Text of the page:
Get in early on these 2024 standouts from the Bank Hoops All-State Camp, rising sophomores with the lucky congruence of college positional size, athleticism and skill foundation to already project as next level, full scholarship players.
Merritt Alderink 6-7 So Zeeland West: Not just an AAU dunking phenom he was productive here against older players as he mixed up a physical back-to-basket game with a left-handed shot to behind the arc, while both making and capitalizing on chances by staying active with good hands. Can post up or invert and feed guys himself. Played hard through the last whistle of the last round of games. Naturally strong frame but moves very well and gets off the floor easily. Plays similarly at same age to Chris Crawford.
Travis Ambrose 6-8 So Muskegon Reeths-Puffer: Not just tall but with a wide frame too — plays football — and already knows how to use his shoulder to create separation for a half-hook. Saw him in glimpses in 15U AAU, and appears bigger yet runs more easily, which is an ideal trajectory. Should have a spot as a defensive presence/rim-runner/screener, with the chance to write his own ticket with offensive skill development. Ambrose won’t lack for opportunity at Reeths-Puffer, the alma mater of high major big men Mark Hughes and Brian Montonati, with the Rockets’ leading scorer and rebounder, Unsigned Seniors Camp MVP Kendall Smith, matriculating to Lake Superior State.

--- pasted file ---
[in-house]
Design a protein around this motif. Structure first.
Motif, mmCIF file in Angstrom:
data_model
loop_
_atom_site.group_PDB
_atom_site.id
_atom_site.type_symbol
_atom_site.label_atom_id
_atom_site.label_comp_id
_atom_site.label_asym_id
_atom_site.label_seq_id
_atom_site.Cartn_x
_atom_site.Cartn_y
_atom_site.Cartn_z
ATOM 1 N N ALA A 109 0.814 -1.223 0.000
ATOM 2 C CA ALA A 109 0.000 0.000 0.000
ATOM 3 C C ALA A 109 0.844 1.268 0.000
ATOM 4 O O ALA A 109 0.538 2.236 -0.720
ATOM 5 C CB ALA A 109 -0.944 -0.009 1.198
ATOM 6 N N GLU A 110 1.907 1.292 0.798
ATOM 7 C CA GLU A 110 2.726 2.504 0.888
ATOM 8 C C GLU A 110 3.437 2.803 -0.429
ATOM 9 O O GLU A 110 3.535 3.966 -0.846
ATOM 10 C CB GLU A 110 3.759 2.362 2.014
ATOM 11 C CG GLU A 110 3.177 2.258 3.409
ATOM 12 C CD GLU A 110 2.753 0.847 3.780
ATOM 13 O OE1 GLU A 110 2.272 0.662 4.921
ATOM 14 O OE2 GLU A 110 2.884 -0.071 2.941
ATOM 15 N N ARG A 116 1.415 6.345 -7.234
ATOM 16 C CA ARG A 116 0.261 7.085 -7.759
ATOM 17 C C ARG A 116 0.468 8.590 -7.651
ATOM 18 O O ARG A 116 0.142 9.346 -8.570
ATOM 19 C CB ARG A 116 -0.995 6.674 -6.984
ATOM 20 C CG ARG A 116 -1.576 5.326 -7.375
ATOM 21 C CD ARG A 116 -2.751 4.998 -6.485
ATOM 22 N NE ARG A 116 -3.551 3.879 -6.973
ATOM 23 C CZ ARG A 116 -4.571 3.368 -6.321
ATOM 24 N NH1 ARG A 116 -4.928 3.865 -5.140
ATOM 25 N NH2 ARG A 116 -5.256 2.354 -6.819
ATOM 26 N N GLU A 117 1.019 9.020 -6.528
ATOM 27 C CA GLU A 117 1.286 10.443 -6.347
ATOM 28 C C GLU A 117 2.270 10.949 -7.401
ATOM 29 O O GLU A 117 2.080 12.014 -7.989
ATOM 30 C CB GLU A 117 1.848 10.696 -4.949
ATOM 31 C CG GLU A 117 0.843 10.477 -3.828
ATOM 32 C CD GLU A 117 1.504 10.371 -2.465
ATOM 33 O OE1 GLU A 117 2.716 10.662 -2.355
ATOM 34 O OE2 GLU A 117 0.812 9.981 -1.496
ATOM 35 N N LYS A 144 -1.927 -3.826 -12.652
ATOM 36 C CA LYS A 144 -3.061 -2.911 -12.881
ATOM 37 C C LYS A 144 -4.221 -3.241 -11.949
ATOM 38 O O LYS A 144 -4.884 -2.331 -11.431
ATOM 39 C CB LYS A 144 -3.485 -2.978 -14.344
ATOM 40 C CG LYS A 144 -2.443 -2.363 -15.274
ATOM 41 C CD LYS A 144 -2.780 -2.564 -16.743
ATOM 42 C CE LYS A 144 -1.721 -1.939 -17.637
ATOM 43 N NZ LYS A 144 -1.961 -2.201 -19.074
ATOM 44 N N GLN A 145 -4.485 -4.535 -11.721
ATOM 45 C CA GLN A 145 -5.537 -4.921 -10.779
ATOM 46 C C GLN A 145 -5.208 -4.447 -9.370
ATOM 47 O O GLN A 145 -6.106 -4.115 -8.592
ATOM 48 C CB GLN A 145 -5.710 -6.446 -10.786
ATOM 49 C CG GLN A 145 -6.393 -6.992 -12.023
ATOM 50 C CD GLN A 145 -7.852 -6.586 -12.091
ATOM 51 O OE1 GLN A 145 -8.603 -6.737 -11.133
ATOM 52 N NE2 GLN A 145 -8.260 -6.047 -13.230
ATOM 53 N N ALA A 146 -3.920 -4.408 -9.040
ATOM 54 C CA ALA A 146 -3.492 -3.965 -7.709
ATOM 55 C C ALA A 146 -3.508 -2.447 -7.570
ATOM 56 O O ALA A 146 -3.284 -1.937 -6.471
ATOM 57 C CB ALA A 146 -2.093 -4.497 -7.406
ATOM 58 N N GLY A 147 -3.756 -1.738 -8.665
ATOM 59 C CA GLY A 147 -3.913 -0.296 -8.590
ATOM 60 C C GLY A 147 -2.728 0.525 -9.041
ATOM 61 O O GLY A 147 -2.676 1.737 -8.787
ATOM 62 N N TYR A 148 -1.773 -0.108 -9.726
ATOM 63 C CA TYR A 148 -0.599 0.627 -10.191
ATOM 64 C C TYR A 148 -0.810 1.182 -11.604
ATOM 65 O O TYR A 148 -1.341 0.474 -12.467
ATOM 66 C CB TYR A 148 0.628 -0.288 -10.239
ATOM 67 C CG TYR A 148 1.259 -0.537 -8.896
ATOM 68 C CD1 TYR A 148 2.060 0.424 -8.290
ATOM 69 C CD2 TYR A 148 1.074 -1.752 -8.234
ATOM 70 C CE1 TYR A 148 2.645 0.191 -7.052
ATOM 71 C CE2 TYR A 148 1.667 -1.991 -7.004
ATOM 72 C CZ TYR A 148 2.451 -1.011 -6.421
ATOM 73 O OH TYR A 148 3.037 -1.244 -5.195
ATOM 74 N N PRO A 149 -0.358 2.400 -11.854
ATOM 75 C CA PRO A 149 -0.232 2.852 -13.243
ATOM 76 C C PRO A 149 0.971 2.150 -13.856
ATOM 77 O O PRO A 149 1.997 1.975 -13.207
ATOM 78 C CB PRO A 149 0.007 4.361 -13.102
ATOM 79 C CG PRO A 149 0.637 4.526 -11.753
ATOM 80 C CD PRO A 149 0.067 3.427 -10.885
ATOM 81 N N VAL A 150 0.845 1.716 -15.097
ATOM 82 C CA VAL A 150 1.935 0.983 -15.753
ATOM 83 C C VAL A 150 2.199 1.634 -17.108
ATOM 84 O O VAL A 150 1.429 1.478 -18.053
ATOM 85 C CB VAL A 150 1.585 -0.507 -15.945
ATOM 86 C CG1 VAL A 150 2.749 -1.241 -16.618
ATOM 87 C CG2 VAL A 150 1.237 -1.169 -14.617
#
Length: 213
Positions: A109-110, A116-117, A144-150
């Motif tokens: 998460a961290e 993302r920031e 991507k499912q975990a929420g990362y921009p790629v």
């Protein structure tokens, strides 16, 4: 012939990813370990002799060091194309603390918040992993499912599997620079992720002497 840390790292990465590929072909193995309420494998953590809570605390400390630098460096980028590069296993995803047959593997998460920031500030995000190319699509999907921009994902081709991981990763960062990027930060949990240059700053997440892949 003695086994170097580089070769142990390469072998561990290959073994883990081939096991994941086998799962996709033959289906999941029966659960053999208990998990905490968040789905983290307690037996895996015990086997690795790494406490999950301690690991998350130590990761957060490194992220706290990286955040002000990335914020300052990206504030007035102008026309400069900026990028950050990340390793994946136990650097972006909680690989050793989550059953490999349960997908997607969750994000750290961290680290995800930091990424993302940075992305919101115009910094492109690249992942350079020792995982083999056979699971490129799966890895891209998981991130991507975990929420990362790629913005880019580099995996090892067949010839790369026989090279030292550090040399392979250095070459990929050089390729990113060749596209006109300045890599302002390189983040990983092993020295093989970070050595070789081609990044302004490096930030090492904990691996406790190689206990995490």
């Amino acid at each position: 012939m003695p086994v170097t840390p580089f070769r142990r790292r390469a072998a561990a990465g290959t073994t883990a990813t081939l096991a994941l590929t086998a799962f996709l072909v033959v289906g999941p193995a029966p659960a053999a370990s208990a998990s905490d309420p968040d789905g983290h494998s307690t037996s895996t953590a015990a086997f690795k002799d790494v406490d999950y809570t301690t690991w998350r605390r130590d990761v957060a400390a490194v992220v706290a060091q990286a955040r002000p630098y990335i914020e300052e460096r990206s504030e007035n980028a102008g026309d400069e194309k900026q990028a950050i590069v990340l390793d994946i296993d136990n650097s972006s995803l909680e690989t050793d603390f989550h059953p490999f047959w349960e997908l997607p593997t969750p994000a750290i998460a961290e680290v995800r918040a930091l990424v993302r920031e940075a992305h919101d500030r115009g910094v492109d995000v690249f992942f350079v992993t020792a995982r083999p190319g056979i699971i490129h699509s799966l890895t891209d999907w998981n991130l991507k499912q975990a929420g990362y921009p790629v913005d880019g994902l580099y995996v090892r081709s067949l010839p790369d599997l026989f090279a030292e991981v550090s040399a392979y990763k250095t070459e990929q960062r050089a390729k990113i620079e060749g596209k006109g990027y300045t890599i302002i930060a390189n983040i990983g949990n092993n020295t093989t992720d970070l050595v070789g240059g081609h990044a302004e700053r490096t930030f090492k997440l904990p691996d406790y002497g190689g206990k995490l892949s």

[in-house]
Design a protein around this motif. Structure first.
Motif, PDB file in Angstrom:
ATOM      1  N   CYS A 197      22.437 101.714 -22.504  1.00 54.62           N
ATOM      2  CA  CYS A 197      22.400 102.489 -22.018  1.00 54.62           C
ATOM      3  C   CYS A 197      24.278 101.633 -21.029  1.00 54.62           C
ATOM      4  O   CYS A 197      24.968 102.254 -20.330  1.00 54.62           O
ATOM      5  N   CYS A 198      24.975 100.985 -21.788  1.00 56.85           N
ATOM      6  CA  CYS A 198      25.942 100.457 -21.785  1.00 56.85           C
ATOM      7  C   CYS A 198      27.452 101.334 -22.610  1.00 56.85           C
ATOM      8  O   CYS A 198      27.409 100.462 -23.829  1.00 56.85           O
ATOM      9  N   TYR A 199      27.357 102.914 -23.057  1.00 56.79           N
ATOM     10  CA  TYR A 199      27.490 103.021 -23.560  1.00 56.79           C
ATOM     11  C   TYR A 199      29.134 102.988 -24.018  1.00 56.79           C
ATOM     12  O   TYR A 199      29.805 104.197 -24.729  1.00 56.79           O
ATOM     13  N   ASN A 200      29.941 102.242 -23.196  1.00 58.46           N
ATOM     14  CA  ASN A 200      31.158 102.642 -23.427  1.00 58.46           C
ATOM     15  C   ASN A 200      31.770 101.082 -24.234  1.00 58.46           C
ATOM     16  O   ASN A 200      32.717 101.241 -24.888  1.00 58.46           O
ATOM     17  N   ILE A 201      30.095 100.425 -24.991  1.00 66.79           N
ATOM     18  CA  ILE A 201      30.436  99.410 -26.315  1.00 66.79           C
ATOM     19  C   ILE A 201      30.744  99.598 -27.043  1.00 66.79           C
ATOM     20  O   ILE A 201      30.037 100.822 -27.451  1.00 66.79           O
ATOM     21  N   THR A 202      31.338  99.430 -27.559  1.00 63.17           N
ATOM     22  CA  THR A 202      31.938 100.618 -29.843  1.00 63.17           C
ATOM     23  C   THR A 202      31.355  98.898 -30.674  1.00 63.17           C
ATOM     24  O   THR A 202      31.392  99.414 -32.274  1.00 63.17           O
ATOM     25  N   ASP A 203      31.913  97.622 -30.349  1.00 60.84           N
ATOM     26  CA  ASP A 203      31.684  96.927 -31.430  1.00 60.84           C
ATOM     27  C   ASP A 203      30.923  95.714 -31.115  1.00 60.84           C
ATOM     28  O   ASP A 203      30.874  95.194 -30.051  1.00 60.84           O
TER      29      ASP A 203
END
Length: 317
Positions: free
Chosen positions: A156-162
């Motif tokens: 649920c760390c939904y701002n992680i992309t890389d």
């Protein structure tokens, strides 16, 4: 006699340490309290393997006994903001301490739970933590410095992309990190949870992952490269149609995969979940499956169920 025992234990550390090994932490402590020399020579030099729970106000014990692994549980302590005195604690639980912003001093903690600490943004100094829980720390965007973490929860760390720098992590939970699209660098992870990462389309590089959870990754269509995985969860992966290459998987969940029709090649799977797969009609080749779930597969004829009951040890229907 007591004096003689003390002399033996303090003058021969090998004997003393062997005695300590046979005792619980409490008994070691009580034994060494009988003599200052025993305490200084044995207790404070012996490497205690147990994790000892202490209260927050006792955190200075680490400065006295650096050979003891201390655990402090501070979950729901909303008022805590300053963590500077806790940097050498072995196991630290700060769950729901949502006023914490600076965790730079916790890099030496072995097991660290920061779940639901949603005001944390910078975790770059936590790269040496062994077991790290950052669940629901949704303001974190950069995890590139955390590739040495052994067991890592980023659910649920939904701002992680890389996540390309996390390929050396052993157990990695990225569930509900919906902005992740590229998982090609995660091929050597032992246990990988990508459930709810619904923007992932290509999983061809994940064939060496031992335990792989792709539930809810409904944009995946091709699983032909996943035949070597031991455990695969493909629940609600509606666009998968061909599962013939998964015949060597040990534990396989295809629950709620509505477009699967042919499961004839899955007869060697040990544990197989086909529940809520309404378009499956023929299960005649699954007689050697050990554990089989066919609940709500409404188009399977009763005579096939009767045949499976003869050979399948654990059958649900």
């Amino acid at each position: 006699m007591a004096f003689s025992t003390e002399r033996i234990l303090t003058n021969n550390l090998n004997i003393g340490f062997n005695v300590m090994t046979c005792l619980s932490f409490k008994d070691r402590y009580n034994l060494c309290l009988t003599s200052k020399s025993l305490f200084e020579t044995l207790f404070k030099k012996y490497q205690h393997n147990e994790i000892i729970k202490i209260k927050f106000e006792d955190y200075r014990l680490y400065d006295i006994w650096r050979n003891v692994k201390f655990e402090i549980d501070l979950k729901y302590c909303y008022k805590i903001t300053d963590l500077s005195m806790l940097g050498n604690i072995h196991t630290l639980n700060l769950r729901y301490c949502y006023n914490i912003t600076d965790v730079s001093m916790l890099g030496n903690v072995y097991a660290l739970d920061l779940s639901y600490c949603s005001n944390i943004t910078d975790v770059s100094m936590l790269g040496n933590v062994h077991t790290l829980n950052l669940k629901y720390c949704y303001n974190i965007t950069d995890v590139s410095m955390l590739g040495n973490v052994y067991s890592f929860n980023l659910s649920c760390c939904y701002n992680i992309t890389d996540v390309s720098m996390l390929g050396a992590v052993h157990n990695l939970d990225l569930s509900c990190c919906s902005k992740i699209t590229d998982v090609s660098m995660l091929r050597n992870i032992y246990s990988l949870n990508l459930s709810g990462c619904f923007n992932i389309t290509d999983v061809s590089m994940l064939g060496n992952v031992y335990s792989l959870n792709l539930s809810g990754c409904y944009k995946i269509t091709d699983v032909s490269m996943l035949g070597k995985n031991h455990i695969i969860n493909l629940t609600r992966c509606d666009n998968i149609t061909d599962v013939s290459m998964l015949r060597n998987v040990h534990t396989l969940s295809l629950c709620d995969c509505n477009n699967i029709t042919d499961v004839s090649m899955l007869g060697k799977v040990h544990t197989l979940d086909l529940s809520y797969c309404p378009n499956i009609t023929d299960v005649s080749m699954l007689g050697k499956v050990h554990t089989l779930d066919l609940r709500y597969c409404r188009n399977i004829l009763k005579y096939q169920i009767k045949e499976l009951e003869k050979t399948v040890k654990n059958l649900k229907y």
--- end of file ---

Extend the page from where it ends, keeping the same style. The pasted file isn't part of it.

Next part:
Deunte Phifer 6-4 So Lansing Waverly: He was Waverly’s second-leading scorer as a freshman. He would be an impact varsity player on length and athleticism alone, but is skilled and can shoot it. Covers ground easily, to get buy his man or catch up on D. Also boding well for his recruiting future — Doesn’t look done growing at still just 15; comes from hoop family; plays at Waverly for Rod Watts who has coached boatloads of future Division 1 standouts.
Jake Vermaas 6-2 So Grand Rapids South Christian: Came at you in a one-man wave with a flurry of different talents, but all built upon aggression, quickness and confidence. Typical South Christian toughness and core basketball values, but with bells and whistles. His Dutch basketball forebear would be Holland High’s Dan Kuipers crossing over Mateen Cleaves than climbing over Antonio Smith in a state quarterfinal. Hard to keep Jake out of the lane and was a dynamic pair in games with 6-4 Grosse Pointe North junior Adam Ayrault. In one game blocked shots on successive defensive possessions sandwiching an and-one finish on the other end; in another game had a five-minute stretch where Vermaas knocked down four shots all from different distances while mixing in assists and rebounds.